March 27, 2014




conjunction with the U.S. Drug Enforcement Administration and state and local law-enforcement agencies, Vienna police will again participate in a one-day initiative to remove potentially dangerous controlled substances from area homes. Vienna police will provide a collection site for old, expired, unused or unwanted medications between 10 a.m. and 2 p.m. on Saturday, April 26. Local residents anonymously may turn in prescription medications, controlled or non-controlled substances and overthe-counter drugs at the collection point inside Vienna Police Headquarters, 215 Center St., S. Participants may dispose of medication in its original container or by removing the medication and depositing it directly in the collection box. If depositing original containers, residents should consider removing any identifying information from the prescription labels. Liquid products should remain sealed in their original containers to prevent leakage, police said. Authorities will not accept intravenous solutions, injectables and syringes because of their associated hazards. Commercial businesses, pharmacies or other medical facilities may not use this event as a means to discard expired medications or medical waste. For more information, contact Master Police Officer Gary Lose at or (703) 255-6396.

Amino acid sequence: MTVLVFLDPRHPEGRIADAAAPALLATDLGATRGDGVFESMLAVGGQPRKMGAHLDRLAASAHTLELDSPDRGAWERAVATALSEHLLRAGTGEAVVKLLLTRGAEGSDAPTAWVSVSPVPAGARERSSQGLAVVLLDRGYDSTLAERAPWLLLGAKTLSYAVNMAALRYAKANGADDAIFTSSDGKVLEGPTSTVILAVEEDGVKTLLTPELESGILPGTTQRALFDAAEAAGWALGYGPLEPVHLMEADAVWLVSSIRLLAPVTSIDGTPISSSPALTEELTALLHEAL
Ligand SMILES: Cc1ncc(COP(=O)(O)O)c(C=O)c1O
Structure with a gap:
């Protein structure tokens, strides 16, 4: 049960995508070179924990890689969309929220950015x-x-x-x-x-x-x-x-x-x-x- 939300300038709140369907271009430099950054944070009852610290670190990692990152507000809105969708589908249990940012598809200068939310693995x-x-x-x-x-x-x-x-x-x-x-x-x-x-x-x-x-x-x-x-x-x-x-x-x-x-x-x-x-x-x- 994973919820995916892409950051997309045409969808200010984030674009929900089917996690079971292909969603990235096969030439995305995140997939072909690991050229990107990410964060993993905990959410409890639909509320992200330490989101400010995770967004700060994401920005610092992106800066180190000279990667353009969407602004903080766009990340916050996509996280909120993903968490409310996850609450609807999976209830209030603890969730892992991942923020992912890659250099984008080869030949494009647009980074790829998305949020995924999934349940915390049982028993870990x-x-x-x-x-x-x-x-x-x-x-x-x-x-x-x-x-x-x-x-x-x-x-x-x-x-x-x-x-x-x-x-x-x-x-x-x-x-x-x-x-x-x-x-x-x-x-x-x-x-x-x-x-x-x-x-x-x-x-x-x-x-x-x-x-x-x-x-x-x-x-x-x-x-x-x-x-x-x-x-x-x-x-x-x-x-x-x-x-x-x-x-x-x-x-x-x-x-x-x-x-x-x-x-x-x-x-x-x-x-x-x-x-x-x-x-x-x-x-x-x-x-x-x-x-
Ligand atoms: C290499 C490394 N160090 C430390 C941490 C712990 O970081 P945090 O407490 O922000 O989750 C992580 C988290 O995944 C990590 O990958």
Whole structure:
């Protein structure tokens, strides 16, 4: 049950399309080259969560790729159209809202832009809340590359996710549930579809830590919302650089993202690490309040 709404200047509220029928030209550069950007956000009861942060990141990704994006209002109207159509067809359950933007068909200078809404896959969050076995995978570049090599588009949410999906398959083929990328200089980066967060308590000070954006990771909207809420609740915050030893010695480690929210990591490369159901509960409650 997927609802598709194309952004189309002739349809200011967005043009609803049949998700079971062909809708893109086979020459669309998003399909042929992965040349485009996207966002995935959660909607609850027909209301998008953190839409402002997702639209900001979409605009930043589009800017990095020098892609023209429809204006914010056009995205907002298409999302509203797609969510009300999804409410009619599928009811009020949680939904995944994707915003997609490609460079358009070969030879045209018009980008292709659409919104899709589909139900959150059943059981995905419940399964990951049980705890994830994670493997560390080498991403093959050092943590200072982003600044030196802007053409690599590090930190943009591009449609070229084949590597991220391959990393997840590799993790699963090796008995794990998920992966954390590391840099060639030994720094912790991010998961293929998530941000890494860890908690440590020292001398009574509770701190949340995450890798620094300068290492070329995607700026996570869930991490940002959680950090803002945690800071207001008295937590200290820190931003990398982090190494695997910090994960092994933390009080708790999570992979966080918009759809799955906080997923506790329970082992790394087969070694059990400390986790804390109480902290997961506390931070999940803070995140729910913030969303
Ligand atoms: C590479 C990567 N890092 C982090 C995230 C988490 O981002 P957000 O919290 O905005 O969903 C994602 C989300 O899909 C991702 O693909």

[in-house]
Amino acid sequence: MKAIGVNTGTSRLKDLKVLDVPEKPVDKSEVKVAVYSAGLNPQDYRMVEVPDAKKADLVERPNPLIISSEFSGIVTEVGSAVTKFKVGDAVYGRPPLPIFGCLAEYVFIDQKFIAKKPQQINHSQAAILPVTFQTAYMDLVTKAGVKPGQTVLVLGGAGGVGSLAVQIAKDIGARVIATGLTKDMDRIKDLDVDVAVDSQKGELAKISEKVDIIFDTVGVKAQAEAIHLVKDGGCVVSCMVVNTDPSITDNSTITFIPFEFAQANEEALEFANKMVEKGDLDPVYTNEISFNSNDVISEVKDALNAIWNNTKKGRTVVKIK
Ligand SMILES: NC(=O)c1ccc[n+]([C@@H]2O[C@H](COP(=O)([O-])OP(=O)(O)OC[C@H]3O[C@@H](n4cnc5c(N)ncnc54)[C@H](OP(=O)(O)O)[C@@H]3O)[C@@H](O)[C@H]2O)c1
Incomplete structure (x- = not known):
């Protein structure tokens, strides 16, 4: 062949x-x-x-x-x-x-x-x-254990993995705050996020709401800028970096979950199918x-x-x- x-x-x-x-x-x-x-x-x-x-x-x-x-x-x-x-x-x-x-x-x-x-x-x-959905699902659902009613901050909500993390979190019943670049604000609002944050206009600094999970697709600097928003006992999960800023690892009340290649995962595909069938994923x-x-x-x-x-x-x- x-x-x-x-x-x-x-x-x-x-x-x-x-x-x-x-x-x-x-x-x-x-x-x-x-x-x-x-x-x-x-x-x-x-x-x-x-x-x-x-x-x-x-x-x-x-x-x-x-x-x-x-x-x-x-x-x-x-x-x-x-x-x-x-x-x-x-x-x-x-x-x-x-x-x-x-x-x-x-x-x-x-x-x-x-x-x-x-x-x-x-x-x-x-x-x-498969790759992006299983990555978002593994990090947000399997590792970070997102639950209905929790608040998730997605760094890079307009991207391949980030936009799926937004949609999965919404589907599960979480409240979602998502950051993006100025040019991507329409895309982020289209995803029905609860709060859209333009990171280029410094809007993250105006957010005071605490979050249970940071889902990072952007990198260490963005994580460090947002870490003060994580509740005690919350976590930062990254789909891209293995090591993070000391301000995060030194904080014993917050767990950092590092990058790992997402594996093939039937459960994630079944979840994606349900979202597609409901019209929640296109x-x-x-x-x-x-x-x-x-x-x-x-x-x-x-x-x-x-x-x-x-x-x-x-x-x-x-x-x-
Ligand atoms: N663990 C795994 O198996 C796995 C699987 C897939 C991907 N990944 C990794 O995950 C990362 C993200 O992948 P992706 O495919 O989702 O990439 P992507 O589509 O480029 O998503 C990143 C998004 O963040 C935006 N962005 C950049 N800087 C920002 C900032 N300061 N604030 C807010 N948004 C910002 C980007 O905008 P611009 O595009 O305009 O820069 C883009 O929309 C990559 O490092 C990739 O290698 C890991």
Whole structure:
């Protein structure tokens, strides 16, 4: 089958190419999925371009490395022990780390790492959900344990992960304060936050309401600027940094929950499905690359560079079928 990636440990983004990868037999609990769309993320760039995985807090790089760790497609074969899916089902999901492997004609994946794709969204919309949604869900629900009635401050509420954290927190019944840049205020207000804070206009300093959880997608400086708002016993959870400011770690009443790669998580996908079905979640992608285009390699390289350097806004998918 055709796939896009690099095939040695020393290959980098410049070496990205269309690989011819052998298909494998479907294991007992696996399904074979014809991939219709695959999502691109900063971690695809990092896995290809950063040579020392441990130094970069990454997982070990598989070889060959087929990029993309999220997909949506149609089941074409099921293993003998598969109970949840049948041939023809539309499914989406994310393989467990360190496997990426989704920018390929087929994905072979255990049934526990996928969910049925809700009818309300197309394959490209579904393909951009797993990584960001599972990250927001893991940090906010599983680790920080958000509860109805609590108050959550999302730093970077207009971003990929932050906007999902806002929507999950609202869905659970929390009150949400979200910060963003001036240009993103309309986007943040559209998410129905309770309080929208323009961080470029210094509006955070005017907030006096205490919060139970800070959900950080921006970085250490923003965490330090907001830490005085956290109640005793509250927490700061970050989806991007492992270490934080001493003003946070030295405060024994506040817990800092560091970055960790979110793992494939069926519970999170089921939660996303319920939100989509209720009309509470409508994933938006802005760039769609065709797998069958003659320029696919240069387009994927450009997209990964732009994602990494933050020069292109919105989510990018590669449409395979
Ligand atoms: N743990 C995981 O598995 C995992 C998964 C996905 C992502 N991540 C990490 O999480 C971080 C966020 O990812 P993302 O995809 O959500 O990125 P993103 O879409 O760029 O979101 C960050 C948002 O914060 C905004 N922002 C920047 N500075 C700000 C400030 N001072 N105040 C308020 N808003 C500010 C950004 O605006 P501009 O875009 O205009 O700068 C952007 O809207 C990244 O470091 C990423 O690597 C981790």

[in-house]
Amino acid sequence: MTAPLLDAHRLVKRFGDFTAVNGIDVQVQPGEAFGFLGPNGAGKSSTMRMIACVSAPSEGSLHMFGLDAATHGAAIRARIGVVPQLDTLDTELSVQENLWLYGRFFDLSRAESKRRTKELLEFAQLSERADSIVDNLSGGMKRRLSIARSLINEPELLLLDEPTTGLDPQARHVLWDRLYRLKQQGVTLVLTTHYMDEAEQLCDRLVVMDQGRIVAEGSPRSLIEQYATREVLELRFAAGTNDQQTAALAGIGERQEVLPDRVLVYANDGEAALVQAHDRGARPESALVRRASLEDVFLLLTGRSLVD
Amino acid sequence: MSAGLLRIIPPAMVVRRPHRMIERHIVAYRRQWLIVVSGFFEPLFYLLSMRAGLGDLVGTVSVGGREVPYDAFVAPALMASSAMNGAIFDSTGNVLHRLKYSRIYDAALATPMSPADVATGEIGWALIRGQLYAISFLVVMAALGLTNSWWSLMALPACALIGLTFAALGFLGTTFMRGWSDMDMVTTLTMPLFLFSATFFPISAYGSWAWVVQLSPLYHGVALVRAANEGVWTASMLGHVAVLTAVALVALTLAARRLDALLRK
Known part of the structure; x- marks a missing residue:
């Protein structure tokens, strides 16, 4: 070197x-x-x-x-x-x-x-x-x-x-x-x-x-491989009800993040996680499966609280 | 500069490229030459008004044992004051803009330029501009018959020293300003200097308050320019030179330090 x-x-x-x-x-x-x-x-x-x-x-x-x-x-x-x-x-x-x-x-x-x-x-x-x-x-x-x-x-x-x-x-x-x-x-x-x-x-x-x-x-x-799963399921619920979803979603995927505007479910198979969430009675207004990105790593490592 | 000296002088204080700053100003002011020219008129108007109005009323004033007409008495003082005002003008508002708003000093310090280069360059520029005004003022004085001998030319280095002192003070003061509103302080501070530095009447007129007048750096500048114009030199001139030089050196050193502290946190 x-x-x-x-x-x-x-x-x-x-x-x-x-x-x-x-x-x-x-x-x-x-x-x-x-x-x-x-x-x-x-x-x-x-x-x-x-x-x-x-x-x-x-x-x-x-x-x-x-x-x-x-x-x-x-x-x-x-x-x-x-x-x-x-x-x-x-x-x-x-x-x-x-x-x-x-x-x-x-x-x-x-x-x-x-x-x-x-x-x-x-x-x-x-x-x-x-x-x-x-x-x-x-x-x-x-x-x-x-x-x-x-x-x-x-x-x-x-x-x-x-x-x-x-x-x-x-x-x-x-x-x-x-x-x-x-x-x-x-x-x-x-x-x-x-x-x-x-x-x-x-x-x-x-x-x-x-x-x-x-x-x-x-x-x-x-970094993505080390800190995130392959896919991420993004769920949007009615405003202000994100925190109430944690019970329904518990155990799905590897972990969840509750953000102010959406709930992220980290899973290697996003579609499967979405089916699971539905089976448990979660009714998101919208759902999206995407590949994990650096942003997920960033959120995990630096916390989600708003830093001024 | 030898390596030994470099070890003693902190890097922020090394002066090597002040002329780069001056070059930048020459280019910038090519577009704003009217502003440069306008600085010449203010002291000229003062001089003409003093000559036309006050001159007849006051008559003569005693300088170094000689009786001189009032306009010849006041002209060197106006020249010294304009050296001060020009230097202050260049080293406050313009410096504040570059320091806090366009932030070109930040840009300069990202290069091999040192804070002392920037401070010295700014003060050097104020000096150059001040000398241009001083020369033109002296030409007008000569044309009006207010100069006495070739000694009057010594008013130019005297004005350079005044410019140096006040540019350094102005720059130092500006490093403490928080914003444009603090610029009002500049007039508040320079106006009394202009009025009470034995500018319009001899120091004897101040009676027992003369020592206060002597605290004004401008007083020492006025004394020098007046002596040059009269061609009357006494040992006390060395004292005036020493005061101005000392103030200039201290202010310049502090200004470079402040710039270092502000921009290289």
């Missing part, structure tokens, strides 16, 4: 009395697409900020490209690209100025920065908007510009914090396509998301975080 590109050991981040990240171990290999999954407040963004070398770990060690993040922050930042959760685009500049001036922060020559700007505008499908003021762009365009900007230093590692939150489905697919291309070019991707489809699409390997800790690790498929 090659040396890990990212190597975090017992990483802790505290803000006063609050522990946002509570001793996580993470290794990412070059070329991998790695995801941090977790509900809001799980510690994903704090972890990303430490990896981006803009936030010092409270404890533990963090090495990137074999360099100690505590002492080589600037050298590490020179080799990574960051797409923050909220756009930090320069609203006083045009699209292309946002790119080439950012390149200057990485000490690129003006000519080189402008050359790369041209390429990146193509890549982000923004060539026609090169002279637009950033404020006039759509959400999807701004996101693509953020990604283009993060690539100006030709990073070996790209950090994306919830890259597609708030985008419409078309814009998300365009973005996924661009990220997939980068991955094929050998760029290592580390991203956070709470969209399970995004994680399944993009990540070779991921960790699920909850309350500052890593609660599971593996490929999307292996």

Fairfax County Notes TIPS ON NAVIGATING SUN GAZETTE’S NEW WEB SITE: With the Sun Gazette


slated to open its first Virginia location at 12340 Pinecrest Road in Reston, specializing in swimming lessons for children as young as 4 months. The facility “provides unrivaled fun in a safe environment, all the while teaching children how to swim,” officials said. The Reston facility’s custom-built, fourfoot-deep pool contains a state-of-the-art

water-purification system, and swim areas are kept at 90 degrees. The school also features a “beach-club” environment, as well as a viewing and play area for parents and siblings. Goldfish Swim School was established in 2006 by Chris and Jennry McCuiston. The Reston facility is the 16th swim school location. For information, see the Web site at

Web site having been incorporated into the regional site, here are some tips to help you get the news you’re looking for. If you are searching for the Fairfax County portion of the site, there is an “Fairfax” link near the front of the home page. Alternately, you can type in and be taken directly to Fairfax news. (This direct link may not work with certain hand-held devices.) From the Fairfax portion of the site, you can also find the Opinion section of the paper and other specialty sections (Business, People, Politics, etc.). And remember: It’s the same Sun Gazette staff providing the same news you’ve come to rely on. It’s just in a different place.